Koliwada To Kabiraji, 7 Seafood Snacks From Across India
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If snacking is a way of life for you—and you are non-vegetarian or pescatarian—then you know what a joy it is to behold fish and seafood snacks! Whether the plate in front of you holds crunchy fish fingers with a side of chilli mayo or a proper fish and chips dish with mustard sauce, biting into these British favourites that celebrate fish and seafood can take any foodie to food heaven.  

And yet, there are plenty of Indian snacks that can give these fishy snacks a run for their money that most of us haven’t even tried until now! The fact of the matter is that India has thousands of rivers teeming with freshwater fish and a huge coastline where fish and seafood of all types are harvested. The cuisines of these coastal states, therefore, include many fish and seafood snacks that scream with local flavours and are utterly delicious. 

From the coast of Maharashtra to Bengal, these fish and seafood snacks should be on your plate if you are a foodie who loves bingeing on a variety of fish and prawns. Here are some of the brightest fish and seafood gems from across India’s vast coastline.  

Video credit: YouTube/Bong Eats

Prawn Koliwada

Prawns marinated in a mildly spiced marinade made of yoghurt, coated with cornflour and then deep fried—Prawn Koliwada sounds amazing, right? This delicacy from Maharashtra should be high on your must-haves list in case you haven’t tasted it already. Many believe that Prawn Koliwada originated in Mumbai among the Kolis, the community of fishermen. Others believe the dish was brought to Mumbai from Punjab after India’s partition in 1947. 


Also known as Rissois de Camarao, Rissois are basically pattice stuffed with shrimps and cheese. Originating in Goa due to Portuguese influence, Rissois are made with a stuffing of shrimps, onions, chillies and cheese. The dough for the Rissois are made with whole wheat flour, but once stuffed, they are slathered with eggs and breadcrumbs before deep frying—which gives them a crunchy crust to die for! 

Nadan Chemeen Varuthathu 

Spicy beyond compare, this dish from the Malabar coast of Kerala is not for the faint-hearted. In Malayali, Chemeen means prawns. The prawns in Nadan Chemeen Varuthathu are marinated in a spice blend of onions, dry red chillies, curry leaves, etc. Rice flour is also added to the mix, which gives the fried prawns a crispy texture.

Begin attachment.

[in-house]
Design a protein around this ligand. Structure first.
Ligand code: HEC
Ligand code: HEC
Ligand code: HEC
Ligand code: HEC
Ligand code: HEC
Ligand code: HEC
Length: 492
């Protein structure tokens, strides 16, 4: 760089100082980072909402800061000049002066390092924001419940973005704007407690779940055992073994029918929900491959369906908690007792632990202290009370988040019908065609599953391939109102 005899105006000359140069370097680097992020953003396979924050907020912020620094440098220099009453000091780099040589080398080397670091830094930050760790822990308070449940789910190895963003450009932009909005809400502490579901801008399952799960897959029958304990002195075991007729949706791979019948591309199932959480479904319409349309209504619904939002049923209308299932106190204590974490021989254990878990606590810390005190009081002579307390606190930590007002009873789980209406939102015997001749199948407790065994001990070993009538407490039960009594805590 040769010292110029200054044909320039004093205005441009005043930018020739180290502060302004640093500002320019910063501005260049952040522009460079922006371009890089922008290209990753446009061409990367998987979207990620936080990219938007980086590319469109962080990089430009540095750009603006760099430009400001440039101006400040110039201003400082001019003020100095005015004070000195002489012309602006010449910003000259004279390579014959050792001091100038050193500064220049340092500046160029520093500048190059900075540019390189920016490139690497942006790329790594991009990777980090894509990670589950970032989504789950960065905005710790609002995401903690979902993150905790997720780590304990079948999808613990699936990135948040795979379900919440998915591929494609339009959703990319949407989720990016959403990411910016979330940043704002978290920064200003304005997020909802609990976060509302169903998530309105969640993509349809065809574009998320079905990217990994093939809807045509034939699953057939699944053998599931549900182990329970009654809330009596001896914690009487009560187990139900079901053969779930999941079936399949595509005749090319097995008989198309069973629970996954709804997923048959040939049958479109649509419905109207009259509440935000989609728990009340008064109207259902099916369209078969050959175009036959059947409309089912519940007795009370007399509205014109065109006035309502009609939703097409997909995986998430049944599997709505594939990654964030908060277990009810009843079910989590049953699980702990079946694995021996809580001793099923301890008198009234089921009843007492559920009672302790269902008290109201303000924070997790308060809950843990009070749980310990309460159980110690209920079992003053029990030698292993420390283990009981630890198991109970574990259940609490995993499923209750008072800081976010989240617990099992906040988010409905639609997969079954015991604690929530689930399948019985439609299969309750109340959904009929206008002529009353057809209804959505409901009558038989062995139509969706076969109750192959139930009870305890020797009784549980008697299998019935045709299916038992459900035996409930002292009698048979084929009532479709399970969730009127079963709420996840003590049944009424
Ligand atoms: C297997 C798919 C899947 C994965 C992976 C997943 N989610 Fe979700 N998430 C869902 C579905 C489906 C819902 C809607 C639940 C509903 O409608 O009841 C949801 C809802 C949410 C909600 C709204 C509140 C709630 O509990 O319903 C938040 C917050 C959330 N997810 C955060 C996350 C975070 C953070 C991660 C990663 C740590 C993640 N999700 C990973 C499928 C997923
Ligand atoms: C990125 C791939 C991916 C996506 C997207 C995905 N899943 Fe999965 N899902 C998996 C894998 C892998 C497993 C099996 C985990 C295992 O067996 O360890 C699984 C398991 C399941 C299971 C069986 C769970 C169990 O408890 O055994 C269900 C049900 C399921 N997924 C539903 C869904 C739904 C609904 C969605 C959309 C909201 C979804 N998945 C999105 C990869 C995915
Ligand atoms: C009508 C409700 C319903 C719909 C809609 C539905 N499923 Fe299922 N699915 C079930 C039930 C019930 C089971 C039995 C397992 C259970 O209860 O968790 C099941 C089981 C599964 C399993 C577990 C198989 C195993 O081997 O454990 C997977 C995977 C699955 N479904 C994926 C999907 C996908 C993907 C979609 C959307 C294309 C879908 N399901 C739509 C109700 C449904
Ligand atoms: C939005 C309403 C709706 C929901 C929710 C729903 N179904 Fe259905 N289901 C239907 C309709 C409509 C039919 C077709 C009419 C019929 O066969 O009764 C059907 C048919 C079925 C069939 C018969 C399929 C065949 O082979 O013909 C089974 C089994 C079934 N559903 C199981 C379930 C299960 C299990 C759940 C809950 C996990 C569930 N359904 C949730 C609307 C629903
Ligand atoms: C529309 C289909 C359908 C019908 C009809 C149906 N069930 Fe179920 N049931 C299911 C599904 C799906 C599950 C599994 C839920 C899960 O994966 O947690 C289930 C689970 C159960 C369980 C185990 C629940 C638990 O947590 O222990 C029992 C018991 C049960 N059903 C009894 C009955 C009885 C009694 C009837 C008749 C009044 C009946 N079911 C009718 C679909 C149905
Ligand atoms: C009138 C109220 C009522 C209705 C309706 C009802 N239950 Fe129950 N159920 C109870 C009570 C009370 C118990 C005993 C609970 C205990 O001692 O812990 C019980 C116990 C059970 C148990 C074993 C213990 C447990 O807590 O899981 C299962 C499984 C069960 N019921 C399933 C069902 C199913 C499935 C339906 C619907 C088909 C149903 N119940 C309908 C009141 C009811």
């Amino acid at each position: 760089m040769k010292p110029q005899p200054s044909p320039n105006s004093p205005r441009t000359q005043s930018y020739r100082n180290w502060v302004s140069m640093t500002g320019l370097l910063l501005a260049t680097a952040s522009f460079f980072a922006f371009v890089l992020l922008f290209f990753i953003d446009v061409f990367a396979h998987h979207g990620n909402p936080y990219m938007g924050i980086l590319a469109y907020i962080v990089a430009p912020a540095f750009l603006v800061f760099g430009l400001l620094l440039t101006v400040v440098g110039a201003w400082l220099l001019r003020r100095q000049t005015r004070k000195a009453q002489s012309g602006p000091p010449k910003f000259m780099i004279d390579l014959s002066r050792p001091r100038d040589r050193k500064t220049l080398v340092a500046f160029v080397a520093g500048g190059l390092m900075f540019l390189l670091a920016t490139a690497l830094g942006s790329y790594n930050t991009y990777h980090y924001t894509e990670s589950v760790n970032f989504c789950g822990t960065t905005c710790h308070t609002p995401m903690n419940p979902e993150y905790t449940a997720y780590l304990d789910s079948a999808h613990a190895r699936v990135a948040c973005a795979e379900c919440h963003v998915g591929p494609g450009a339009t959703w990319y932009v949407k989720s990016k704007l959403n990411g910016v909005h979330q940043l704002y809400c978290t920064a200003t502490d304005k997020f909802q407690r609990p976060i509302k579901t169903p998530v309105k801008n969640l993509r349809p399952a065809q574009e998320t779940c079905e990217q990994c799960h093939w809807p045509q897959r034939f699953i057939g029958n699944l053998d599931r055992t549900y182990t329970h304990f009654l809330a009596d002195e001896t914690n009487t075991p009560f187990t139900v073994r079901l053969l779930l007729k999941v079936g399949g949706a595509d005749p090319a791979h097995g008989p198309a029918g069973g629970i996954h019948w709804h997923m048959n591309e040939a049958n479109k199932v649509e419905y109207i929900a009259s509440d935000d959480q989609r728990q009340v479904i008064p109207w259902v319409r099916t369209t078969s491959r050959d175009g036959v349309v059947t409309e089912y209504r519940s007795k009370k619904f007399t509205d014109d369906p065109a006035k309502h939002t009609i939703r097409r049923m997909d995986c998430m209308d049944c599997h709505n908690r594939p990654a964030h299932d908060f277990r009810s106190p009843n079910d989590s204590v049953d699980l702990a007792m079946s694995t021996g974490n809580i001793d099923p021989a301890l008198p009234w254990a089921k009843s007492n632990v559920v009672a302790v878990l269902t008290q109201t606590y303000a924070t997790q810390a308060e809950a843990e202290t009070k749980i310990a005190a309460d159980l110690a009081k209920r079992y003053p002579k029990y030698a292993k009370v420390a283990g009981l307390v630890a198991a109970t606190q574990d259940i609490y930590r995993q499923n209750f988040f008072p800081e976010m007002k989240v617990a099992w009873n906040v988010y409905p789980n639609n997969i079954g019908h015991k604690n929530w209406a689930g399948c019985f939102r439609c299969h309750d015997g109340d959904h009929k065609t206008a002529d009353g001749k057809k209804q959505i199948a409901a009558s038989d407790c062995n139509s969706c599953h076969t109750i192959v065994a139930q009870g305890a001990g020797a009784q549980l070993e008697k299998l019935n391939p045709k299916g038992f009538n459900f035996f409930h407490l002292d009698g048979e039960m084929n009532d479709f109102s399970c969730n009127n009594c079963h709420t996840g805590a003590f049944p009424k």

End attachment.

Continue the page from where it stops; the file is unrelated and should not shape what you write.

Bombil Rawa Fry

Bombil is basically what Maharashtrians call Bombay duck, a delicate small fish, in Marathi. This traditional Maharashtrian Bombil fish fry is unique because it not only celebrates a local fish variety, but also local flavours of red chillies and semolina. The Bombil is coated in the unique spice mix and then a layer of semolina. So, when fried, this one also turns absolutely crispy. 

Fish Kabiraji 

Everybody knows Bengalis love their fish, and this unique street food snack from the region proves just how much. Kabiraji isn’t just a simple fish fry dish, but one that boasts of culinary genius because of the thin layer of egg net that the fish cutlet is covered in. Making that egg net is no child’s play even though the fish cutlet itself may be quite common, and this one feature elevates Fish Kabiraji to one of the best fish snacks from India. 

Royyala Vepudu

This easy-peasy stir-fried prawns recipe comes from Andhra cuisine. Loaded with both green chillies and locally grown red chillies, this one may be very simple to cook up but packs a huge punch of spiciness. Tempered with curry leaves and garnished with coriander leaves and lemon juice, Royyala Vepudu is a stir fry to die for. 

Tawa Kolambi 

The Malwan region of Maharashtra is known for its spicy food, and Tawa Kolambi Fry is a true example. While North India boasts of its Tawa Paneer dishes, Maharashtra has this hot hot Kolambi or prawn fry. Cooked completely on a hot iron tawa with plenty of Malwani spices, Tawa Kolambi Fry is deliciously spicy and enjoyed as a street food too.